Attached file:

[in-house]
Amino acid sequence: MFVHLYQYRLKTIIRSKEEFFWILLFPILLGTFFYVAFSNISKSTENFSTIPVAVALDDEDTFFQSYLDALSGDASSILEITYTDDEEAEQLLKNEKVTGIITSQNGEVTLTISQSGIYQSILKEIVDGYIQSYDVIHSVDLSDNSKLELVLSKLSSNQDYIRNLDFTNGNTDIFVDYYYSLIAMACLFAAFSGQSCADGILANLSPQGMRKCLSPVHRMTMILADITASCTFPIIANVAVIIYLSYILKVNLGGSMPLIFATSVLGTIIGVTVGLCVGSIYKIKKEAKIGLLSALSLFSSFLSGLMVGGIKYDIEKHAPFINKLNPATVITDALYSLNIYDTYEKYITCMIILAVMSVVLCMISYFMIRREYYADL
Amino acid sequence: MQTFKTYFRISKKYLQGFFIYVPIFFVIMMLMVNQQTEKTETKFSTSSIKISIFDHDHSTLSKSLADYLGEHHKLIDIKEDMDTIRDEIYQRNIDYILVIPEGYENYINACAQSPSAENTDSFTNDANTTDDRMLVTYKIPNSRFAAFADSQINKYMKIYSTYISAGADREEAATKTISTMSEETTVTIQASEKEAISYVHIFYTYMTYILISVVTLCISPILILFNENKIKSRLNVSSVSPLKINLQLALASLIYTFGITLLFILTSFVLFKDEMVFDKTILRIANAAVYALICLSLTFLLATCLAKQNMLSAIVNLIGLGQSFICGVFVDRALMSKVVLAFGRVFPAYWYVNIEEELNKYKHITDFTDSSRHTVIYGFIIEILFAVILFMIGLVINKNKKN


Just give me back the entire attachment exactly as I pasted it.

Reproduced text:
[in-house]
Amino acid sequence: MFVHLYQYRLKTIIRSKEEFFWILLFPILLGTFFYVAFSNISKSTENFSTIPVAVALDDEDTFFQSYLDALSGDASSILEITYTDDEEAEQLLKNEKVTGIITSQNGEVTLTISQSGIYQSILKEIVDGYIQSYDVIHSVDLSDNSKLELVLSKLSSNQDYIRNLDFTNGNTDIFVDYYYSLIAMACLFAAFSGQSCADGILANLSPQGMRKCLSPVHRMTMILADITASCTFPIIANVAVIIYLSYILKVNLGGSMPLIFATSVLGTIIGVTVGLCVGSIYKIKKEAKIGLLSALSLFSSFLSGLMVGGIKYDIEKHAPFINKLNPATVITDALYSLNIYDTYEKYITCMIILAVMSVVLCMISYFMIRREYYADL
Amino acid sequence: MQTFKTYFRISKKYLQGFFIYVPIFFVIMMLMVNQQTEKTETKFSTSSIKISIFDHDHSTLSKSLADYLGEHHKLIDIKEDMDTIRDEIYQRNIDYILVIPEGYENYINACAQSPSAENTDSFTNDANTTDDRMLVTYKIPNSRFAAFADSQINKYMKIYSTYISAGADREEAATKTISTMSEETTVTIQASEKEAISYVHIFYTYMTYILISVVTLCISPILILFNENKIKSRLNVSSVSPLKINLQLALASLIYTFGITLLFILTSFVLFKDEMVFDKTILRIANAAVYALICLSLTFLLATCLAKQNMLSAIVNLIGLGQSFICGVFVDRALMSKVVLAFGRVFPAYWYVNIEEELNKYKHITDFTDSSRHTVIYGFIIEILFAVILFMIGLVINKNKKN